Row erupts after claims Brussels attacks demonstrate need for Brexit

A bitter row has flared over claims that the terrorist attacks in Brussels on Tuesday show that Britain is "better off" quitting the EU.

By Martin Banks

Martin Banks is a senior reporter at the Parliament Magazine

25 Mar 2016

Some have been quick to suggest that the attacks which killed 31 people and left hundreds of others injured increases the probability of a Leave vote in the UK's June referendum on EU membership.

But veteran UK Socialist MEP Richard Corbett said he was "appalled" at perceived attempts by "some anti-European politicians" to use the atrocities to "push their political agendas."

The clash between the two sides comes after it emerged on Thursday that a series of serious intelligence blunders occurred in the run-up to the attacks in Brussels.


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This includes criticism by Turkey's president Recep Erdogan who accused Belgium of failing to track Ibrahim El Bakraoui, a convicted Belgian armed robber whom it deported last year and who blew himself up at the airport on Tuesday an hour before his brother Khalid, a fellow convict, killed at least 20 people at Maelbeek metro station in the city centre.

It also emerged that the third bomber, Najim Laachraoui, is a veteran Belgian Islamist fighter in Syria who is also suspected of preparing explosive belts for the Paris attacks in November.

On Wednesday, there were reports that Islamic State of Iraq and the Levant (Isil) had sent 400 fighters from Syria to Europe, where it is argued they can move freely across the Continent with the aim of carrying out terror attacks.

Such apparent security lapses and this week's atrocity has helped intensify the row over the security of Europe's borders, with a UK security chief saying that leaving the EU would improve Britain's security.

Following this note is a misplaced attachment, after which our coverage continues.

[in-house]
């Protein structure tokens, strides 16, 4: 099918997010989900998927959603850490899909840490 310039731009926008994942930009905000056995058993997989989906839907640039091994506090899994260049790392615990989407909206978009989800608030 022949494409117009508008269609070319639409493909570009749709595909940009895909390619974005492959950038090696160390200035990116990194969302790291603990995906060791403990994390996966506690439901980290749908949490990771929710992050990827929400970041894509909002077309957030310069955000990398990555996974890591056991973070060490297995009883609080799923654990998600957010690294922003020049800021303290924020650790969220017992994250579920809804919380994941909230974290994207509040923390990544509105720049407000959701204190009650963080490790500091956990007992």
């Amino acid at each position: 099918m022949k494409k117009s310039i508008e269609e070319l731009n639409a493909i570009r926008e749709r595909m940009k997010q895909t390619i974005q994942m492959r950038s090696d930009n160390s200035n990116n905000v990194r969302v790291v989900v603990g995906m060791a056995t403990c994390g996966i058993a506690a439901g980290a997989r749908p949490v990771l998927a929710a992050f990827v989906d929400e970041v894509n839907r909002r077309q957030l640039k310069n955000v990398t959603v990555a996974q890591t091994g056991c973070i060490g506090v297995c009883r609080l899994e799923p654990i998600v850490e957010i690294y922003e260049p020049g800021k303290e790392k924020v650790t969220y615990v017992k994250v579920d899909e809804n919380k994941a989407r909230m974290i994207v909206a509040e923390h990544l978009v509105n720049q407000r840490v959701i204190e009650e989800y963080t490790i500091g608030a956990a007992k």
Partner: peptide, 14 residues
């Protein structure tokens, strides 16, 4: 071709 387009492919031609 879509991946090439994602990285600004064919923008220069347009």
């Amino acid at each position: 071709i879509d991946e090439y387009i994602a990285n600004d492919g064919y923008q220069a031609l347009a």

Sir Richard Dearlovem, a former head of Britain's MI6 said that UK borders could be strengthened in the event of a Brexit and extremists could be more easily deported, moves which he said were "security gains" with little apparent downside. 

Elsewhere, in a statement released immediately after the explosions, UKIP MEP Mike Hookem, the party's defence spokesman, said the incident "shows that Schengen free movement and lax border controls are a threat to our security."

Arron Banks, of the Leave.Eu campaign, agreed, saying, "When will it be time to take our heads out of the sand? After the referendum, when it's too late to change direction, and we see blood on British streets again?"

"With the EU already poised to extend visa-free travel to an increasingly aggressive and radicalised Turkey and a war-torn Ukraine, it's clear that lessons are not being learned."

"Brussels, the so-called capital of the EU, has taken the grand experiment in state-sponsored multiculturalism and tested it to destruction. The ghettos and extremism are proof this doesn't work."

Their interventions directly contradict claims by UK Prime Minister David Cameron and interior minister Theresa May that EU membership makes Britain safer.

Cameron condemned the UKIP statement while May said, "I think this is an issue people should look at more broadly but on the security front there are good reasons for us to be members of the EU."

Corbett, meanwhile, also castigated Hookem for issuing a "bile-filled press release blaming the EU, in particular the Schengen passport-free travel zone across most of continental Europe, for the terrorists' actions."

He added, "I was appalled, as were many others. Hookem was so keen to argue that our security was compromised by the Schengen agreement that he failed to mention we are not in fact part of it: the UK has its own border controls separate from mainland Europe. Nor did he wait to check where the attackers had come from: they were in fact 'home-grown' from Brussels, just as the London bombers were from Britain. Cross border movement was not a factor."

Further comment on the possible political ramifications of the attacks came from Raoul Ruparel, of the UK-based think tank, Open Europe, which campaigns for reform of the EU, who said the impact was "unclear and could cut both ways."

Raoul argued that on the one hand many voters will want to put as much distance between the EU and UK as possible. 

However, the Remain side, he says, could credibly argue that these are issues which need to be dealt with across borders and that leaving does not necessarily provide the UK with further tools to tackle these challenges given it is already outside the passport-free Schengen zone and has control of its borders.

A number of bookmakers slashed their odds on a Leave vote after the horrific blasts.

On Thursday, EU justice ministers gathered in Brussels for an emergency meeting to discuss the aftermath of the attacks.

Read the most recent articles written by Martin Banks - New EU regulations on AI seek to ban mass and indiscriminate surveillance

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